Not even 3 minutes in the first customer yanks on the line and seconds later I have a shiny rainbow trout flapping beside me on the ice. Now that's more like it!

The rest of the morning we can hardly keep the hooks fully stocked. These fish are hungry!! After only 3 hours we have a nice bounty of 13 shiny rainbow trout, enough to completely fill that bucket.

Back home, I start cleaning and filleting the trout which keeps me busy for 2 hours. Yes, I'm a rookie, but I won't lose any of this beautiful pink meat.

Don't Forget: Get Travel Health Insurance!

To make your trip a worry-free experience, TravelFeed recommends SafetyWing Nomad Insurance. It provides comprehensive health coverage while you travel, so you can focus on exploring, not the unexpected. Get a quote here

And so the week after Christmas ends. I survived the cold, got to see two beautiful sunrises and stocked the freezer with a healthy bounty of delicious rainbow trout.

Thanks for joining me on my fishing trip, I hope you enjoyed the read. Next time, I will finish my Colombian trip and then: Mexico!

See you soon,

Journey of a Nomad

Travel Resources for your trip to Canada

Recommended by TravelFeed

Flights: We recommend checking to find the best and cheapest flights to Canada.

Accomodation: Explore the best places to stay in Canada on, Agoda and Hostelworld.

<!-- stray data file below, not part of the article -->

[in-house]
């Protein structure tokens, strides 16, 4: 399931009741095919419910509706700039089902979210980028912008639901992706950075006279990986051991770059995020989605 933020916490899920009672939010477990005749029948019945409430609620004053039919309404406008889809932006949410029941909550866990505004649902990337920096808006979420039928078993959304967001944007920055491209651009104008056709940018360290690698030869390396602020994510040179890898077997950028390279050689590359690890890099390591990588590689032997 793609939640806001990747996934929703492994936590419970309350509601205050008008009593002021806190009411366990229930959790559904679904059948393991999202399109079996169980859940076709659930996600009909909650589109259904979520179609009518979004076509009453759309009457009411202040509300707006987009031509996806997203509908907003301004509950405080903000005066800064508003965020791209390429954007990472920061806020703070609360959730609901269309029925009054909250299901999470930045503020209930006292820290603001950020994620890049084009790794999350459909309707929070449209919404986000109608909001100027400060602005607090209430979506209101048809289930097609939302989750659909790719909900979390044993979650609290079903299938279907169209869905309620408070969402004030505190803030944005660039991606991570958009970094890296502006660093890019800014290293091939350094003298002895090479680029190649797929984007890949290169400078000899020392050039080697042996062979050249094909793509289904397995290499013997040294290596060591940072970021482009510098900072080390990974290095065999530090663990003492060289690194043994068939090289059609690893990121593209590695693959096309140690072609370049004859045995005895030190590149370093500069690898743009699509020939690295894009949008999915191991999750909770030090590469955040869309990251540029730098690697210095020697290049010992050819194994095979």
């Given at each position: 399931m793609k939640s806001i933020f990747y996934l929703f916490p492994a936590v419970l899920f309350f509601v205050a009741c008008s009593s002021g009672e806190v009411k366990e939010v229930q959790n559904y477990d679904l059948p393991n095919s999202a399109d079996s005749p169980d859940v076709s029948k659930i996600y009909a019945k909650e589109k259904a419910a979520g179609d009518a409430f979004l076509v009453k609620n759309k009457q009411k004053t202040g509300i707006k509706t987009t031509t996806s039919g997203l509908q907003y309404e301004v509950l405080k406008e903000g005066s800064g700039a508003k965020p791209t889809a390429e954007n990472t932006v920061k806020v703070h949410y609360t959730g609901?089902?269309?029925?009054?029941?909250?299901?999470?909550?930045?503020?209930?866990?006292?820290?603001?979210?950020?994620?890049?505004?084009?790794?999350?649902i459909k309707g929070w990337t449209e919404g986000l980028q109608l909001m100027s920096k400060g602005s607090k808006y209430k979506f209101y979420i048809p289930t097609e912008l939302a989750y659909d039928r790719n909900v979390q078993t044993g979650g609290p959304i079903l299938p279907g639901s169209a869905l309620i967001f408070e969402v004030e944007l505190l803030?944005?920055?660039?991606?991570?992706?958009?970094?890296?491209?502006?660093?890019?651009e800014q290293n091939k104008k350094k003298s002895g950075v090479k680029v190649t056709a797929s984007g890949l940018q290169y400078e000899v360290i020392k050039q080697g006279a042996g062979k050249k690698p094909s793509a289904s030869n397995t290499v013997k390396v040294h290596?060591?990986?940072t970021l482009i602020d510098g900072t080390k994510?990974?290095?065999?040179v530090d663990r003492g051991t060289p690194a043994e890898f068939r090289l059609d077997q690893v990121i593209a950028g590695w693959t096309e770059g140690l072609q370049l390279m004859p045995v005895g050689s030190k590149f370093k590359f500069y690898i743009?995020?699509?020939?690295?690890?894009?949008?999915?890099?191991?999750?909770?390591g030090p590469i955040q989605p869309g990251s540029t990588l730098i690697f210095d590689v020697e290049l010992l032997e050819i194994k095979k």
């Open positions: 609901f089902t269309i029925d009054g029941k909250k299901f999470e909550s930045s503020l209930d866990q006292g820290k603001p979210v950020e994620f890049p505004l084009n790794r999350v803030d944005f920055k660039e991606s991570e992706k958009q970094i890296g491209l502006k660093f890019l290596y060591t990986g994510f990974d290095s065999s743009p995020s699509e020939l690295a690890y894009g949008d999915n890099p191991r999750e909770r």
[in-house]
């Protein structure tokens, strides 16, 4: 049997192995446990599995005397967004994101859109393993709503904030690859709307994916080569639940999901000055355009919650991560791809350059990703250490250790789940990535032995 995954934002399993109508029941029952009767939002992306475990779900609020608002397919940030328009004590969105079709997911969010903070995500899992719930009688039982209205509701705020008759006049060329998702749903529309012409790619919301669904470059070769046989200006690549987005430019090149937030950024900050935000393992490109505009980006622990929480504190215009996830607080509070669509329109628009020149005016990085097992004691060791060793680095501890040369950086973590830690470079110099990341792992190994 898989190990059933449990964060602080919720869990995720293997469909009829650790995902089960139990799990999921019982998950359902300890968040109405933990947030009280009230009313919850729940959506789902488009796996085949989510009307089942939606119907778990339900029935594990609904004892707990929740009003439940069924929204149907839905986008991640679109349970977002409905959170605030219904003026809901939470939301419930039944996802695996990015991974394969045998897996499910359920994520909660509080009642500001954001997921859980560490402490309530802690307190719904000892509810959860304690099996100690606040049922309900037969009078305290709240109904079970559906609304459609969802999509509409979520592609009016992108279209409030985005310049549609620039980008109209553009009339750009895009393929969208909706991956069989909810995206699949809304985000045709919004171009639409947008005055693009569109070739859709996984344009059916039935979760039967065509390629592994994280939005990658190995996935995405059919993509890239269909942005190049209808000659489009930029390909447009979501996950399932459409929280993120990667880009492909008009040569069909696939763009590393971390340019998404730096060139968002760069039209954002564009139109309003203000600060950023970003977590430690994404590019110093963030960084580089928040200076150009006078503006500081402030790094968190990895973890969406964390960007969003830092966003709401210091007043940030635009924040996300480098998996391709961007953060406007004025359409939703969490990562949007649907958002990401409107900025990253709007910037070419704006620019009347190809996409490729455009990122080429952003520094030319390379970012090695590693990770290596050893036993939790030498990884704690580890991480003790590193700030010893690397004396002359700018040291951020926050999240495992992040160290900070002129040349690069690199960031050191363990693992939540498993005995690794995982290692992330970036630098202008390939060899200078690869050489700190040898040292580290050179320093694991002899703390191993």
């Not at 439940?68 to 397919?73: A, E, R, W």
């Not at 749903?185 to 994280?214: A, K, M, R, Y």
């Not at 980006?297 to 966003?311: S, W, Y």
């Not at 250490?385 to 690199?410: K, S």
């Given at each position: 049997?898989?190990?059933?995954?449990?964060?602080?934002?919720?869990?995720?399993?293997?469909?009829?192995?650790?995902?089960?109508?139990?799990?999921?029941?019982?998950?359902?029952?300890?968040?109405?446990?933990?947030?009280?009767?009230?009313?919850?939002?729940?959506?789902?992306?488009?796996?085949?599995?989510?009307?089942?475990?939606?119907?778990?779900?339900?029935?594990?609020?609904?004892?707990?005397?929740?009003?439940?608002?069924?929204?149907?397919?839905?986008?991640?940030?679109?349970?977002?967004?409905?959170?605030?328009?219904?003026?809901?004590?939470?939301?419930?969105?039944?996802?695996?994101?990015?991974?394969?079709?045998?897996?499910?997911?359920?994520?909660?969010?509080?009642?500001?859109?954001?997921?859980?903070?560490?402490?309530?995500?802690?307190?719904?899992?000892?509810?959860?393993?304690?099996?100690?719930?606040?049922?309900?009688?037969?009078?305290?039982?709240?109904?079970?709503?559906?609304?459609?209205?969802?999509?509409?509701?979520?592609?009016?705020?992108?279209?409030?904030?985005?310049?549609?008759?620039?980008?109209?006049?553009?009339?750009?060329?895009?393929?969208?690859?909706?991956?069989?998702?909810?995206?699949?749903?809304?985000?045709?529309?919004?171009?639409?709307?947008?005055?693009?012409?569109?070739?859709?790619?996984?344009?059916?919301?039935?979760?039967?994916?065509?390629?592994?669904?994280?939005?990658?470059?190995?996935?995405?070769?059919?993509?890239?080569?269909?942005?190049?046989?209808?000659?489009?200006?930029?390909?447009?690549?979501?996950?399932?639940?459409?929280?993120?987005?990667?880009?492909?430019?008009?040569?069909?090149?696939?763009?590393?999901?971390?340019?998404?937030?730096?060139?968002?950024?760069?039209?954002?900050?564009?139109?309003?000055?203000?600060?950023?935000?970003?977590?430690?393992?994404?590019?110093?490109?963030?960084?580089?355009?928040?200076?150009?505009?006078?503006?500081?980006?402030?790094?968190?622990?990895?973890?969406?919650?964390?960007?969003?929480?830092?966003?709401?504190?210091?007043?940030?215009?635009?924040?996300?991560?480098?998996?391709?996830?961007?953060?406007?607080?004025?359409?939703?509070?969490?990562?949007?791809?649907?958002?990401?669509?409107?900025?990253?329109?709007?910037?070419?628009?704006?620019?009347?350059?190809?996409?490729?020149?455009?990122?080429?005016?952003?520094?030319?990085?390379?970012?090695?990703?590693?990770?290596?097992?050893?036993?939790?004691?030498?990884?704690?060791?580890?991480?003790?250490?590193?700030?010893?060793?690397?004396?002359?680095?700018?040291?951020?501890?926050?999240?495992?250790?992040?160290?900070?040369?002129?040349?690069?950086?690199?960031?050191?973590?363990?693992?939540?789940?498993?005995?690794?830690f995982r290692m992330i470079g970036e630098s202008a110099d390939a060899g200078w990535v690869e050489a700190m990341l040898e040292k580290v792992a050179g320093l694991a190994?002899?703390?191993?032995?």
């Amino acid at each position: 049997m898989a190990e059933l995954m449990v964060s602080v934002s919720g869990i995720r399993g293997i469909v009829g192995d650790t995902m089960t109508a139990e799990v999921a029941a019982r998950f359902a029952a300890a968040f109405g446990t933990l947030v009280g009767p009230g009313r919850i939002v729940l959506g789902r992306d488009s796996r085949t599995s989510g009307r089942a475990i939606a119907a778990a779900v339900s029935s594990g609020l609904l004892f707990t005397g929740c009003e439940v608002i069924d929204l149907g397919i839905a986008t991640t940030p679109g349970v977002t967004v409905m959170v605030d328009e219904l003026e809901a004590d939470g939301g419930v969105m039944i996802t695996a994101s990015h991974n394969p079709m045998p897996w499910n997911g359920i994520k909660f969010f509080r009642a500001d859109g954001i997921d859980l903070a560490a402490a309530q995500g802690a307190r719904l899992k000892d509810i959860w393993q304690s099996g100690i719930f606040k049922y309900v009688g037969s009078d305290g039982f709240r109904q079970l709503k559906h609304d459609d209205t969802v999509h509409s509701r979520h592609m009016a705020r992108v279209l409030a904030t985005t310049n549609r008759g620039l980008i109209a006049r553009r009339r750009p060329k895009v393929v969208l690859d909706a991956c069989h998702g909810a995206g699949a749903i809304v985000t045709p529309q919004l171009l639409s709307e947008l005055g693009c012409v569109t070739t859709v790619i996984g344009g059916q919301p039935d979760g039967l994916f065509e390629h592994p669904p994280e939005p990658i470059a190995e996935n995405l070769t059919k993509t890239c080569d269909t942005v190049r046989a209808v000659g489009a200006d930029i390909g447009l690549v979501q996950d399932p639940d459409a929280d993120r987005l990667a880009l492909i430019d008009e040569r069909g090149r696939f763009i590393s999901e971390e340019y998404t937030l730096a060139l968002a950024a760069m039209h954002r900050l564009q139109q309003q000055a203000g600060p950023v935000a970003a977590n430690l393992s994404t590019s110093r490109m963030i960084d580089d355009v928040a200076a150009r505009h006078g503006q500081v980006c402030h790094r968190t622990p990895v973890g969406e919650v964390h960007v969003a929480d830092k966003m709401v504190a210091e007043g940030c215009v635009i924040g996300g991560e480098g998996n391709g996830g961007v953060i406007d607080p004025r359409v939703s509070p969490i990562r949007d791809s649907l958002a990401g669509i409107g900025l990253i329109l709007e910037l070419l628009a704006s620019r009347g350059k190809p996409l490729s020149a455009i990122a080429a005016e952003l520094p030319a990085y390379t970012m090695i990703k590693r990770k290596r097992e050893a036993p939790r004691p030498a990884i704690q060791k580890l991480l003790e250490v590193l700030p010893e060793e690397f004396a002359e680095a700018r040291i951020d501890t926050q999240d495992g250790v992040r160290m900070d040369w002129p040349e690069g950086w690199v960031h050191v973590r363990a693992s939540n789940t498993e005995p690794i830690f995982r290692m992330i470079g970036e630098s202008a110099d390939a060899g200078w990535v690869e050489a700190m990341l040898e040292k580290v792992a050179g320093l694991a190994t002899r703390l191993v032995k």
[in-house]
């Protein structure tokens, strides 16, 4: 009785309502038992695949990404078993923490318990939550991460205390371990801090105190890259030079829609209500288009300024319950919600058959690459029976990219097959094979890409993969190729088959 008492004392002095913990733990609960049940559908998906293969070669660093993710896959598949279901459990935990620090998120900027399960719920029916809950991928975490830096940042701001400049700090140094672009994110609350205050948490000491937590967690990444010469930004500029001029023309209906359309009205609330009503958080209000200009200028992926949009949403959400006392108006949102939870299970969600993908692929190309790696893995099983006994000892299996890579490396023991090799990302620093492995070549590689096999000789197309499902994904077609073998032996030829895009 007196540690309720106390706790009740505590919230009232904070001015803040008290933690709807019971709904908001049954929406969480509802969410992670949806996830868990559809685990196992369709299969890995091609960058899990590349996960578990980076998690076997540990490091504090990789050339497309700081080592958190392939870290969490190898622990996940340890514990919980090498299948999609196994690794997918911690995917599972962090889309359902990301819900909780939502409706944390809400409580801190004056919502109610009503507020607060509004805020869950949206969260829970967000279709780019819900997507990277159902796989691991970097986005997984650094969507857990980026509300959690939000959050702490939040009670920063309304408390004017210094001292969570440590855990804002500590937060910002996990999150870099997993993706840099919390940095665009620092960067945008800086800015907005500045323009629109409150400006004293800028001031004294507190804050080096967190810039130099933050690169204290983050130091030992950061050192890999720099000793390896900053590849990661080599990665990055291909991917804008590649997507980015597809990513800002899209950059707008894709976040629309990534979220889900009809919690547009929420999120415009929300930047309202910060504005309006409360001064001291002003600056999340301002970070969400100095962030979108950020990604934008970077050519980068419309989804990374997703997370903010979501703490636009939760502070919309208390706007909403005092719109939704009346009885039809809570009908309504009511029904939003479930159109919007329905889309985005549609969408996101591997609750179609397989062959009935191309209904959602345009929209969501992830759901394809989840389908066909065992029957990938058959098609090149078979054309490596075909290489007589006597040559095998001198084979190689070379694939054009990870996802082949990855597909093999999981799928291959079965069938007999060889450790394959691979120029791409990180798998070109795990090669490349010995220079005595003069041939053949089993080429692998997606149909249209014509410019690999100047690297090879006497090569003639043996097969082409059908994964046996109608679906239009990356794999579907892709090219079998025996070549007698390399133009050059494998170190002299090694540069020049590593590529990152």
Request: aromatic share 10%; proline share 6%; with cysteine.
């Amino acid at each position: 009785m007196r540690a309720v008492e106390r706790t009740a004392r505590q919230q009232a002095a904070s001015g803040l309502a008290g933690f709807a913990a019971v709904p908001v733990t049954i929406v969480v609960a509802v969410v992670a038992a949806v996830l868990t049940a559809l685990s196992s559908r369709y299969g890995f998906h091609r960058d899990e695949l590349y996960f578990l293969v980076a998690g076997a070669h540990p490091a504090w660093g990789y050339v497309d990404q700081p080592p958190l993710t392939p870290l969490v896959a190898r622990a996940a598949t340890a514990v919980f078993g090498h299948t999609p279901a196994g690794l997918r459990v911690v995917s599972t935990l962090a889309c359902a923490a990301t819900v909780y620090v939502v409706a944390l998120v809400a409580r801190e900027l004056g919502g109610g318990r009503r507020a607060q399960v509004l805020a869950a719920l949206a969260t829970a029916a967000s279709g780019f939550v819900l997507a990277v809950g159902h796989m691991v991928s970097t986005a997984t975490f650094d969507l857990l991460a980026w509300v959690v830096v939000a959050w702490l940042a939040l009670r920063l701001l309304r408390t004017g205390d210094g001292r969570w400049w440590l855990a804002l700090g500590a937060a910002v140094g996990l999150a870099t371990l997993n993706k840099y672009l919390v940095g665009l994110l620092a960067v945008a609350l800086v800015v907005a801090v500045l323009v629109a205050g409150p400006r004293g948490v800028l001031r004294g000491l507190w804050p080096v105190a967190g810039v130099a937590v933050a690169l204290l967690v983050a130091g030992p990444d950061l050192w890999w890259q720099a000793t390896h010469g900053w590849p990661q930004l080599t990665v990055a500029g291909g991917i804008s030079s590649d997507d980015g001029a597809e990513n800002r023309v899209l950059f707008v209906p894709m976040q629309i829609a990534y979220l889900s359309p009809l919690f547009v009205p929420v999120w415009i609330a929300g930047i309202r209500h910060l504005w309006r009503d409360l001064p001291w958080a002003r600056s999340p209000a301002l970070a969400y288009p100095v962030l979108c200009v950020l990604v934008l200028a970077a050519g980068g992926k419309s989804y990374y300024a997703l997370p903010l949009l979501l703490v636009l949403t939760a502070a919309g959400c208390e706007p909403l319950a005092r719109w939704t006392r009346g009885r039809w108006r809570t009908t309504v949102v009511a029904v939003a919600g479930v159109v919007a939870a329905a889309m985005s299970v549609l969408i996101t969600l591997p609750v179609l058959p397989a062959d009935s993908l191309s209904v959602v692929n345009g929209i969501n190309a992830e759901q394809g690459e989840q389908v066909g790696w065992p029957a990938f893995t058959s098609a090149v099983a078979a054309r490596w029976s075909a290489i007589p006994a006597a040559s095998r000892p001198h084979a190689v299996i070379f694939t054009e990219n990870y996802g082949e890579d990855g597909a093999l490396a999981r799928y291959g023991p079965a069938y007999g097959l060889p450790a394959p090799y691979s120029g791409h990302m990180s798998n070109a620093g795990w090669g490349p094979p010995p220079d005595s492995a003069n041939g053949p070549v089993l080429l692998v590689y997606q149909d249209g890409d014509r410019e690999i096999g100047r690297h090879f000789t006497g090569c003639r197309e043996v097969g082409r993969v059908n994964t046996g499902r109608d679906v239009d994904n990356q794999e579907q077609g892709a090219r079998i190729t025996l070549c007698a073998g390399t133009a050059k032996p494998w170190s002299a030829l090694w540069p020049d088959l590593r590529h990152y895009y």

Travel Insurance: Medical emergencies abroad can be pricey, but travel health insurance is not. We always use SafetyWing for affordable and reliable coverage.

Transportation: Use 12go and Omio to find detailed bus and train schedules, making travel planning easier.

Car Rental: For hassle-free car hiring, DiscoverCars is our trusted choice with a wide selection of vehicles.

Internet: Got an eSIM compatible phone? Airalo is perfect for reliable internet access during your trip. Just install it before you go, and you're set!

Day Trips & Tours: We recommend GetYourGuide for a variety of well-organized and enjoyable activities.

Tickets: Save on entrance fees in Canada with Klook and Tiquets.

Travel Planner: Need a hand planning? Our free travel planner chatbot is your personal guide to Canada. Chat now.

Disclosure: Posts on TravelFeed may contain affiliate links. See affiliate disclosure.

Share this post